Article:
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Bed warmers are hot item in cold climate

Updated: 2012-12-25 03:36
By XU JUNQIAN and WANG HONGYI in Shanghai ( China Daily)

The cold front that has swept across much of the country is creating hot opportunities.

But in a surprising twist, stores selling electric heaters have been cold-shouldered.

Old-fashioned bed warmers, bronze pots that can be filled with hot water and then sealed, are doing a roaring trade, as are hot springs.

Resorts in the Yangtze River Delta, where there is no citywide heating system as there is in northern cities like Beijing, have been inundated with bookings and queries.

"We are very busy," said Pan Kang, sales manager of a hot spring in Nanjing.

The phone has been ringing constantly with potential customers inquiring about the resort's 198-yuan-a-day ($31) package.

At the weekend, the resort received about 4,000 people a day, mostly group visitors from neighboring cities such as Shanghai, Suzhou and Wuxi.

He is confident that bookings will continue to rise.

Another hot spring in Nanjing refused to talk to China Daily on the phone because it was "afraid that media exposure will bring more customers to our already crowded pools".

Over the weekend, East China experienced its lowest temperature this winter, with mercury dipping to as low as -6 C.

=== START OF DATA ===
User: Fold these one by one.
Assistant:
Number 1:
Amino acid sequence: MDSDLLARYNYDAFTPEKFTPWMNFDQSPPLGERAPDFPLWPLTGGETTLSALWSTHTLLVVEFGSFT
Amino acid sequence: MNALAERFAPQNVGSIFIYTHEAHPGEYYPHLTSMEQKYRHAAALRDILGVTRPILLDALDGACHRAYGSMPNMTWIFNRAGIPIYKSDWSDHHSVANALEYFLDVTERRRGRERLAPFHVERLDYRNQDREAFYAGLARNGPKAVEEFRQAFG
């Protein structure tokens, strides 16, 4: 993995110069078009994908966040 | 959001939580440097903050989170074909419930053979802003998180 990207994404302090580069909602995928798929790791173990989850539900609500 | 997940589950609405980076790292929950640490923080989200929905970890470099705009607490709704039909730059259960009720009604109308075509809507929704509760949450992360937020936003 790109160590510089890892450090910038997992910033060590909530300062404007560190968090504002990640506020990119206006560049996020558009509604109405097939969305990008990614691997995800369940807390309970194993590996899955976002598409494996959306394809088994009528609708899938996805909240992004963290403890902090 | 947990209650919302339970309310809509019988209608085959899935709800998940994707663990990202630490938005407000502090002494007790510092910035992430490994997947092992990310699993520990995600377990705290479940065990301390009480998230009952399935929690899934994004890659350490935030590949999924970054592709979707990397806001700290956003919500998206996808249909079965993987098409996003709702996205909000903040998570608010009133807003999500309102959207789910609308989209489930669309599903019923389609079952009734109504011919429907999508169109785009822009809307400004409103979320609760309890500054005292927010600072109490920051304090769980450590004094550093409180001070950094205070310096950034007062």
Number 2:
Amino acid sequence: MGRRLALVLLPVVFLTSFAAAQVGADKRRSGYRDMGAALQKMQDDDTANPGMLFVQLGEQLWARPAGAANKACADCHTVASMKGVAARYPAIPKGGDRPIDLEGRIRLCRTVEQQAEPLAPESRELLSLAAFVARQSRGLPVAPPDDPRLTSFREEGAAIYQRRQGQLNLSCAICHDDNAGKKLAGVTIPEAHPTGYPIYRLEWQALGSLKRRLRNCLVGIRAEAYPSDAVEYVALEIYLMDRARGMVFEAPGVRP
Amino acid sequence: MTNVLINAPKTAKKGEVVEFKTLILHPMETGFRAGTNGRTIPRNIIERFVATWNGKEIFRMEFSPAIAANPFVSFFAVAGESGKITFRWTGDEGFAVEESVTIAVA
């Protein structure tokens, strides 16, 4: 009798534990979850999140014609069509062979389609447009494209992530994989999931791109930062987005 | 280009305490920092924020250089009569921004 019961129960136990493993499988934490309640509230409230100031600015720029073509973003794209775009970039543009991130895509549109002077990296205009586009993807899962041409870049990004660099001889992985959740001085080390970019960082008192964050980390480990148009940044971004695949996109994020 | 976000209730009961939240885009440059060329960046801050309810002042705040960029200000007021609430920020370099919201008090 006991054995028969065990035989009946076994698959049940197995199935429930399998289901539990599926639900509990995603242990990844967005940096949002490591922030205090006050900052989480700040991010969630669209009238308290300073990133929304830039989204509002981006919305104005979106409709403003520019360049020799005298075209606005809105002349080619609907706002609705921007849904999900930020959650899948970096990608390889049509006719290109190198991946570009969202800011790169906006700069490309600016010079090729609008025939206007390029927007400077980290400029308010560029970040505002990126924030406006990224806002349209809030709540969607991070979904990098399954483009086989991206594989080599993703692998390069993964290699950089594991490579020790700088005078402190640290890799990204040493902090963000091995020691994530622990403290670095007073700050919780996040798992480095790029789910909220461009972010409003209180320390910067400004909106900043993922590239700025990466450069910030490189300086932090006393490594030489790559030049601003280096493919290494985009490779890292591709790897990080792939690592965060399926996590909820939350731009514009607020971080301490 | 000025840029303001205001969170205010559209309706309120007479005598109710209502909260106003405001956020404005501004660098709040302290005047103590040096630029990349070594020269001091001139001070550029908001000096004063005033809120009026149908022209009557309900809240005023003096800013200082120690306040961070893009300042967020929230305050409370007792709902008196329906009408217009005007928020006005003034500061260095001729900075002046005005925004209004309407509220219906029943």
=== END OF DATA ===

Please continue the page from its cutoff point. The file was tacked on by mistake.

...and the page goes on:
Long lines formed outside the Zhang Xiaoquan store on Shanghai's bustling East Nanjing Road to snap up traditional bronze bed warmers for 300 yuan.

"I have been selling them for decades, but I have never seen demand like this before," said Wang Zheng, a shop assistant at the store.

Bed warmers have been flying off the shelves at a rate of about 300 a day and suppliers are having difficulty meeting demand.

More than 17,000 have been sold so far this winter, almost double normal sales for the whole season.

They are cheaper to use in the long run than electric heaters and evoke a sense of nostalgia for the "good old days", Wang said.

Stores selling herbal paste and traditional Chinese medicine have also seen brisk business.

The paste, meant to be good for digestion and said to give a warm feeling inside, costs 3,000 yuan, almost three times the price of five years ago.

Doctors have also been unusually busy with patient numbers tripling.

"I often see up to 40 patients in one day," said Qu Lifang, a doctor in Shanghai who specializes in traditional Chinese medicine.

Warm clothing is also a hot item., China's largest online marketplace, said that there has been a 200 percent rise in the sales of down jackets on the site.

There are more orders for the coats from Jiangsu and Zhejiang provinces than anywhere else.

But sellers of electric appliances have been left out in the cold.

"Most new apartment buildings are well equipped to handle cold weather so not too many people need heaters," said a slightly disappointed salesman in Shanghai.

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Zhu Lingqing contributed to this story.